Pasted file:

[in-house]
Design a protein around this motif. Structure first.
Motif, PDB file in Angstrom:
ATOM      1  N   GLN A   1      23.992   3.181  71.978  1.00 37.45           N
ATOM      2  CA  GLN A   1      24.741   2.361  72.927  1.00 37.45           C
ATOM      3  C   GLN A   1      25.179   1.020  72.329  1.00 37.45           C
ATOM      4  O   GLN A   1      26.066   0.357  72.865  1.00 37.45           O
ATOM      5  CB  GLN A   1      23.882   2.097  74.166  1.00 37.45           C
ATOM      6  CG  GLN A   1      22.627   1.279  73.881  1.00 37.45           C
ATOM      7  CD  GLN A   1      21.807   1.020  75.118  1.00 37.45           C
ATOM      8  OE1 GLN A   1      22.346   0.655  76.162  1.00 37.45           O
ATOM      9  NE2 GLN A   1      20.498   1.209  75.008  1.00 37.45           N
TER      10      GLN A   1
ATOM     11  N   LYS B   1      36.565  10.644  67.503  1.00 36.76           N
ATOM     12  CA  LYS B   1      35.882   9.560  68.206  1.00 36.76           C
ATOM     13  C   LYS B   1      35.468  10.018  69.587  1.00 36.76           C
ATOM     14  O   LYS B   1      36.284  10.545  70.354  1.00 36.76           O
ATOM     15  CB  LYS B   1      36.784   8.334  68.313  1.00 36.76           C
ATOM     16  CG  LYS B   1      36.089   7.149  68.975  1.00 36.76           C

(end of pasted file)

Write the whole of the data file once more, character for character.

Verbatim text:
[in-house]
Design a protein around this motif. Structure first.
Motif, PDB file in Angstrom:
ATOM      1  N   GLN A   1      23.992   3.181  71.978  1.00 37.45           N
ATOM      2  CA  GLN A   1      24.741   2.361  72.927  1.00 37.45           C
ATOM      3  C   GLN A   1      25.179   1.020  72.329  1.00 37.45           C
ATOM      4  O   GLN A   1      26.066   0.357  72.865  1.00 37.45           O
ATOM      5  CB  GLN A   1      23.882   2.097  74.166  1.00 37.45           C
ATOM      6  CG  GLN A   1      22.627   1.279  73.881  1.00 37.45           C
ATOM      7  CD  GLN A   1      21.807   1.020  75.118  1.00 37.45           C
ATOM      8  OE1 GLN A   1      22.346   0.655  76.162  1.00 37.45           O
ATOM      9  NE2 GLN A   1      20.498   1.209  75.008  1.00 37.45           N
TER      10      GLN A   1
ATOM     11  N   LYS B   1      36.565  10.644  67.503  1.00 36.76           N
ATOM     12  CA  LYS B   1      35.882   9.560  68.206  1.00 36.76           C
ATOM     13  C   LYS B   1      35.468  10.018  69.587  1.00 36.76           C
ATOM     14  O   LYS B   1      36.284  10.545  70.354  1.00 36.76           O
ATOM     15  CB  LYS B   1      36.784   8.334  68.313  1.00 36.76           C
ATOM     16  CG  LYS B   1      36.089   7.149  68.975  1.00 36.76           C